Mark Kleiman has a great post in response to Ethan Nadelmann’s Wall Street Journal op-ed:
As Talleyrand said about the restored Bourbons, the anti-prohibitionists have learned nothing and forgotten nothing in thirty years of making exactly the same points in exactly the same way. Ethan Nadelmann’s op-ed in Friday’s Wall Street Journal doesn’t admit that “an end to prohibition” means increased availability, and that one of the consequences of increased availability is increased abuse. (It’s not true that “booze flowed as readily” during the Noble Experiment as it did before and after; cirrhosis deaths plunged by 2/3.)
Of course that isn’t where the argument ends; maybe the increased level of abuse is a price worth paying to avoid the bad consequences of the illicit market, and of enforcement. But that’s where any honest argument has to start: how much more abuse are we going to have as a result of a given change in the laws? And that’s where Nadelmann & Co. relentlessly refuse to start it. Their “vigorous and informed debate” refuses to face the basic trade-off involved.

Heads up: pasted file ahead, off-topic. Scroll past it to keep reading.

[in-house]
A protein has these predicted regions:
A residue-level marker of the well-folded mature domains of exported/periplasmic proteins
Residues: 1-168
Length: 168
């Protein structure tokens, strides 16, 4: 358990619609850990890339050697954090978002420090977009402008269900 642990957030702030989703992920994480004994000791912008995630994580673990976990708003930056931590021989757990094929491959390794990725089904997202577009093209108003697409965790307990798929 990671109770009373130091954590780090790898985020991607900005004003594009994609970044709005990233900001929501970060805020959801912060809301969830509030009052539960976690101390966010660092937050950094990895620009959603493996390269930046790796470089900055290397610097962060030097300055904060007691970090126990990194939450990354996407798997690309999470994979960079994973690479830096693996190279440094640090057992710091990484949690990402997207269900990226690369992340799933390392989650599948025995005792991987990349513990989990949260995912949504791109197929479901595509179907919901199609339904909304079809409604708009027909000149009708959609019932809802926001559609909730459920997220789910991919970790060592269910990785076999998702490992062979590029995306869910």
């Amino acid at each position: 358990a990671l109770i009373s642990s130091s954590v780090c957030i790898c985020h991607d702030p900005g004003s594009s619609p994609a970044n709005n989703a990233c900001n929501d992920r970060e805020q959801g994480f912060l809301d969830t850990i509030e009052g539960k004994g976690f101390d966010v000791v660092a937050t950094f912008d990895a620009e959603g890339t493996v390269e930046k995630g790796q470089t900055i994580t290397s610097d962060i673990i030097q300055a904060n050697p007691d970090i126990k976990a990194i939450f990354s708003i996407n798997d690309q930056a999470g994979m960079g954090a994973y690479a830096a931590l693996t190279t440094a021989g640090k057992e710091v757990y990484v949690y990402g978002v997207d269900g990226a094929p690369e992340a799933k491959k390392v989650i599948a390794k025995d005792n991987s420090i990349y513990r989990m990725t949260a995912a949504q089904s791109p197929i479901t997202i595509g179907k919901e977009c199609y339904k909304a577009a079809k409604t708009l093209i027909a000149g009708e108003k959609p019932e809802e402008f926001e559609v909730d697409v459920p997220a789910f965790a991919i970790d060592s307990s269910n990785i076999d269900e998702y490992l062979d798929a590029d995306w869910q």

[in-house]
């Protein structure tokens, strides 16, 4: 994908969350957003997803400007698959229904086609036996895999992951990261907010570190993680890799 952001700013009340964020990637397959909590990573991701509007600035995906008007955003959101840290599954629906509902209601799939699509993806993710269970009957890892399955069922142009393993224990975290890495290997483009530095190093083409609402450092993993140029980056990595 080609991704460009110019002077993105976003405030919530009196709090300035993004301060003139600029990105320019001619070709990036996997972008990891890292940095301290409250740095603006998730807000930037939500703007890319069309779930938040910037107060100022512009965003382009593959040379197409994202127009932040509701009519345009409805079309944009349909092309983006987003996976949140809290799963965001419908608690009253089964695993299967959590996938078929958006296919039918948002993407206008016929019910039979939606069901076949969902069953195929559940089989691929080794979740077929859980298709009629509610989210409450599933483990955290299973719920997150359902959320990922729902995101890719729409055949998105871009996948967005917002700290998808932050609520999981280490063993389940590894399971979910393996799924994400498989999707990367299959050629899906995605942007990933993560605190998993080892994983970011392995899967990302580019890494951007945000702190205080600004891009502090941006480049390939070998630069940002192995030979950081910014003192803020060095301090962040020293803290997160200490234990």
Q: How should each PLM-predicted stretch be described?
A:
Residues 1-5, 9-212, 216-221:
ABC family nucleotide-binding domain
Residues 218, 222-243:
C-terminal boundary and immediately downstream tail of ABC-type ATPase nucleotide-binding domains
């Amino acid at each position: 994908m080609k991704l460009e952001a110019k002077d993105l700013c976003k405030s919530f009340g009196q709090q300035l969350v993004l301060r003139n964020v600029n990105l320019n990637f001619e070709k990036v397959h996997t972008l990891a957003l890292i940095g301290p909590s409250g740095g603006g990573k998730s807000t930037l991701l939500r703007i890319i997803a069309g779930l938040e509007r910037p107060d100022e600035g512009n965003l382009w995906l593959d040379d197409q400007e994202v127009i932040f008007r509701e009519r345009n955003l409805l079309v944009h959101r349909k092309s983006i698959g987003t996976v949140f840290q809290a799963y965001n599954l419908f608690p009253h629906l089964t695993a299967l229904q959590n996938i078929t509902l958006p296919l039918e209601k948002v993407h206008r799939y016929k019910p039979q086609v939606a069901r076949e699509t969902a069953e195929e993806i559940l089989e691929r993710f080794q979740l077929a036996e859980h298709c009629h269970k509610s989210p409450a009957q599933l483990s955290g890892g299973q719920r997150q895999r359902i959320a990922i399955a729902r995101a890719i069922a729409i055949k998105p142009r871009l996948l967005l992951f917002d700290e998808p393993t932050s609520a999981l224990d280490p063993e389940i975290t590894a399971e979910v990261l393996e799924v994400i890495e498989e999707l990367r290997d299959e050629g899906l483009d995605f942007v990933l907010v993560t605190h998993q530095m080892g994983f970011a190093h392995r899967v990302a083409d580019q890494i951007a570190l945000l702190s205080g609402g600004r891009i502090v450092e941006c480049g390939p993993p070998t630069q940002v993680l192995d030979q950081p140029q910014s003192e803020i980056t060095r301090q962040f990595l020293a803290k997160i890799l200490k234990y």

As I keep saying, there is no ideal or problem-free drug policy. The real question is what problems are we most willing to tolerate and how do we minimize them.
Note that, in spite of the false binary world of Nadelmann and others, Kleiman is not a neo-prohibitionist or a drug warrior. He wants strategies that don’t clog the criminal justice system and jails with possession cases or low level dealers.
That’s the honest debate we ought to be having: just what should we permit and what should we prohibit, and how should we go about enforcing those prohibitions, to steer between the Scylla of drug abuse and the Charybdis of prohibition side-effects?
David Kennedy has shown in North Carolina that it’s possible to break up street drug markets, thus protecting neighborhoods, with a very small number of arrests. Steve Alm has shown in Hawai’i that it’s possible to keep probationers off meth and out of jail with frequent tests and reliable but mild sanctions. Phil Cook persuasively argues that alcohol is now grossly under-taxed in the U.S. and that we are all “paying the tab” for cheap booze.
Yet the Drug Policy Alliance has been conspicuously silent on all of this, and Nadelmann keeps writing the same essay he’s been writing since the mid-70s.